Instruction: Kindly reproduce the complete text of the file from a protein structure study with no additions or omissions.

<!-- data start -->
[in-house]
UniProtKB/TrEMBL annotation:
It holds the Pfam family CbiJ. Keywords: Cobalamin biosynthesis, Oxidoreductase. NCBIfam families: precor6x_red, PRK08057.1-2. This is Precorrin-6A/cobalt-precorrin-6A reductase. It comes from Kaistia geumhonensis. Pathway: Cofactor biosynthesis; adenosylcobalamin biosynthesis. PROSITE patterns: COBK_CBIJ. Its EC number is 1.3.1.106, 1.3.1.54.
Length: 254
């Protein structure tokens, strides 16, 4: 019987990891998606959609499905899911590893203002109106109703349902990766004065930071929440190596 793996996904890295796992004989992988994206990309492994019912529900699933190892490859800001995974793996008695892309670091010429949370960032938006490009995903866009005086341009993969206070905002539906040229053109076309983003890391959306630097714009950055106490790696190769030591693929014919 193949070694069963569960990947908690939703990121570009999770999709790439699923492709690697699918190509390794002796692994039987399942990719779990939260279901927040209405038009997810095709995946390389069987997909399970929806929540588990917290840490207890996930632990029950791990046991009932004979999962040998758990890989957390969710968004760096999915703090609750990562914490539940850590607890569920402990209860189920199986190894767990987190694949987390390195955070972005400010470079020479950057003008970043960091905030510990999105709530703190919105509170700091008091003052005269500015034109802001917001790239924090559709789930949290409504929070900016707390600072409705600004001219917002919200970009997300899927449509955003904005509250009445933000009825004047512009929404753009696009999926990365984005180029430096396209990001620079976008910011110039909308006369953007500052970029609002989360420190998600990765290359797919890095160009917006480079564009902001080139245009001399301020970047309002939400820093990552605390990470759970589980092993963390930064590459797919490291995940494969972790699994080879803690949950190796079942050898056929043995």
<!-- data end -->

[in-house]
UniProtKB/TrEMBL annotation:
It holds the Pfam family CbiJ. Keywords: Cobalamin biosynthesis, Oxidoreductase. NCBIfam families: precor6x_red, PRK08057.1-2. This is Precorrin-6A/cobalt-precorrin-6A reductase. It comes from Kaistia geumhonensis. Pathway: Cofactor biosynthesis; adenosylcobalamin biosynthesis. PROSITE patterns: COBK_CBIJ. Its EC number is 1.3.1.106, 1.3.1.54.
Length: 254
């Protein structure tokens, strides 16, 4: 019987990891998606959609499905899911590893203002109106109703349902990766004065930071929440190596 793996996904890295796992004989992988994206990309492994019912529900699933190892490859800001995974793996008695892309670091010429949370960032938006490009995903866009005086341009993969206070905002539906040229053109076309983003890391959306630097714009950055106490790696190769030591693929014919 193949070694069963569960990947908690939703990121570009999770999709790439699923492709690697699918190509390794002796692994039987399942990719779990939260279901927040209405038009997810095709995946390389069987997909399970929806929540588990917290840490207890996930632990029950791990046991009932004979999962040998758990890989957390969710968004760096999915703090609750990562914490539940850590607890569920402990209860189920199986190894767990987190694949987390390195955070972005400010470079020479950057003008970043960091905030510990999105709530703190919105509170700091008091003052005269500015034109802001917001790239924090559709789930949290409504929070900016707390600072409705600004001219917002919200970009997300899927449509955003904005509250009445933000009825004047512009929404753009696009999926990365984005180029430096396209990001620079976008910011110039909308006369953007500052970029609002989360420190998600990765290359797919890095160009917006480079564009902001080139245009001399301020970047309002939400820093990552605390990470759970589980092993963390930064590459797919490291995940494969972790699994080879803690949950190796079942050898056929043995």